U.S. Grants Patent For Free-Standing Space Elevator Tower
AUDIE CORNISH, HOST:
Now to space, and we'll take the elevator. The U.S. Patent Office has granted a patent for a freestanding space elevator tower. The idea of a space elevator has long captured the imaginations of writers, from Arthur C. Clarke to Roald Dahl.
(SOUNDBITE OF FILM, "CHARLIE AND THE CHOCOLATE FACTORY")
JOHNNY DEPP: (As Willy Wonka) Luckily for us, we have the great glass elevator to speed things - speed things along. Come on.
CORNISH: That was Johnny Depp as Willy Wonka, bumping into a transparent glass elevator. In Dahl's books, it flew to outer space.
ROBERT SIEGEL, HOST:
Well, the patent given to the Thoth technology company is different. The tower would rise some 12 miles into the sky with a runway or launch pad on top - Inventor Brendan Quine.
BRENDAN QUINE: We believe that if you take off from the top of our structure, you could have a single stage-to-orbit space plane. Then access to space would become more like taking of modern passenger jet.
CORNISH: Quine says he thought this up while he was in the shower. It would take billions of dollars to make, he says, and he hopes a big company will buy a license for his idea.
QUINE: Like SpaceX or Alphabet, Google's new holding company, or perhaps Boeing to step up and build the first prototypes.
SIEGEL: But we wondered if this is as crazy as it sounds or crazier. So we called NPR science desk to ask correspondent Geoff Brumfiel, and he's here now. Hiya.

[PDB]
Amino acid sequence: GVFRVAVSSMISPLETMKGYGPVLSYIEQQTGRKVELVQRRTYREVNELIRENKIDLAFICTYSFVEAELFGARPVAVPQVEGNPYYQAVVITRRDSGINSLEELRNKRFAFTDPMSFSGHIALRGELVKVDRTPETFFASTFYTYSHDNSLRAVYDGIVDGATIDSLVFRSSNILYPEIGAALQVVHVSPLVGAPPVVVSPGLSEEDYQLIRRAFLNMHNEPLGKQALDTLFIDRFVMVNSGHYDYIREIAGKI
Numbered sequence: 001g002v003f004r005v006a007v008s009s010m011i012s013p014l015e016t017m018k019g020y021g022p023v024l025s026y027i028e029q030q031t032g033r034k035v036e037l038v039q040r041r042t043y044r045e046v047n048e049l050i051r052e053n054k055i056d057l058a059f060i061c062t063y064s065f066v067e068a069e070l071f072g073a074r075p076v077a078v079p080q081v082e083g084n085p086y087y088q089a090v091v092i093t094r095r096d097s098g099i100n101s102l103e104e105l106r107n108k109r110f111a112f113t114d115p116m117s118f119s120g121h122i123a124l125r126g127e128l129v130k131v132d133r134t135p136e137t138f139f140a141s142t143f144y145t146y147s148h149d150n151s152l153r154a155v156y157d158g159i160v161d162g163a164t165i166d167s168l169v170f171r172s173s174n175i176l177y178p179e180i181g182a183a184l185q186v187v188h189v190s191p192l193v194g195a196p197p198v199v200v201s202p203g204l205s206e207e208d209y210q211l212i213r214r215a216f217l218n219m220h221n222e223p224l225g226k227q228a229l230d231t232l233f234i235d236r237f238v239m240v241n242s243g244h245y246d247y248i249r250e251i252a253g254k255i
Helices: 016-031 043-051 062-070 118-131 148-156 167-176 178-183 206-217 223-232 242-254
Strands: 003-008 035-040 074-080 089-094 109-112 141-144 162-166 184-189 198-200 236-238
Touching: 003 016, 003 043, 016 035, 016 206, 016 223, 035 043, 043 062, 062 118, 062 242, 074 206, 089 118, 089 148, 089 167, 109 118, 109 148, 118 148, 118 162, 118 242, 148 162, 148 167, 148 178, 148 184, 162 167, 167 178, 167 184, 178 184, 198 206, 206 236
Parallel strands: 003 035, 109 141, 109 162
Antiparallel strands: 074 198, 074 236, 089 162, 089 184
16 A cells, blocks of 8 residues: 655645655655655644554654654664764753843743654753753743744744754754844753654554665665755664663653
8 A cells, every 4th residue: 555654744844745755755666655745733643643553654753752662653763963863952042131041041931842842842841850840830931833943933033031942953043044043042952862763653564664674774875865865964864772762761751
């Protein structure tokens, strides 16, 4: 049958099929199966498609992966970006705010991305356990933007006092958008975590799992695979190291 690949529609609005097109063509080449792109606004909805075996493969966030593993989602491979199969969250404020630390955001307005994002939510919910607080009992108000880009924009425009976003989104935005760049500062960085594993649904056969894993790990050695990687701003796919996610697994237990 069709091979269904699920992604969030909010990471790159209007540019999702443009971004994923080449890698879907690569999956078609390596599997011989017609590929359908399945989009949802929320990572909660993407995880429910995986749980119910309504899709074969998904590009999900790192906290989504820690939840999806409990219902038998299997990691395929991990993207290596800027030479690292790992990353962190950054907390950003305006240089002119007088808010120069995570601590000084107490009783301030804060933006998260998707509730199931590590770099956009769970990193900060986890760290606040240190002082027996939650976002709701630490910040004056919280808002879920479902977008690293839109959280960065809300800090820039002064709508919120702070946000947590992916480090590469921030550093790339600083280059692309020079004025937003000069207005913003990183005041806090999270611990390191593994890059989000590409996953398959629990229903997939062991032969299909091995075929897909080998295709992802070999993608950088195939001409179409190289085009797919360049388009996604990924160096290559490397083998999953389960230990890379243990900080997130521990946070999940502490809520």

GEOFF BRUMFIEL, BYLINE: Hi there.
SIEGEL: So what do you think of this idea?
BRUMFIEL: Well, I think the key word here is, it's an idea. And the Patent Office deals with idea's novelty, not necessarily their feasibility, so that's important to keep in mind.
SIEGEL: Does it strike you as remotely feasible?
BRUMFIEL: Well, I mean, it combines two classic sci-fi ideas - a space plane that could take off from a runway and a space elevator that would take you all the way to space. Both of those are extremely difficult to do, so this seems to be meeting halfway. You go 12 miles up in an elevator and take off in a plane. I can see lots of reasons why it'd be tough, though. I mean, you could just imagine the winds 12 miles up would make it difficult to fly.
SIEGEL: On the other hand, it beats walking up 12 miles of stairs.
BRUMFIEL: Yeah - well, yeah. I suppose so. And they didn't patent that, so I guess we'll just have to see what happens.
SIEGEL: (Laughter). OK, thanks. That's NPR's Geoff Brumfiel reacting to a new patent for a space elevator tower.
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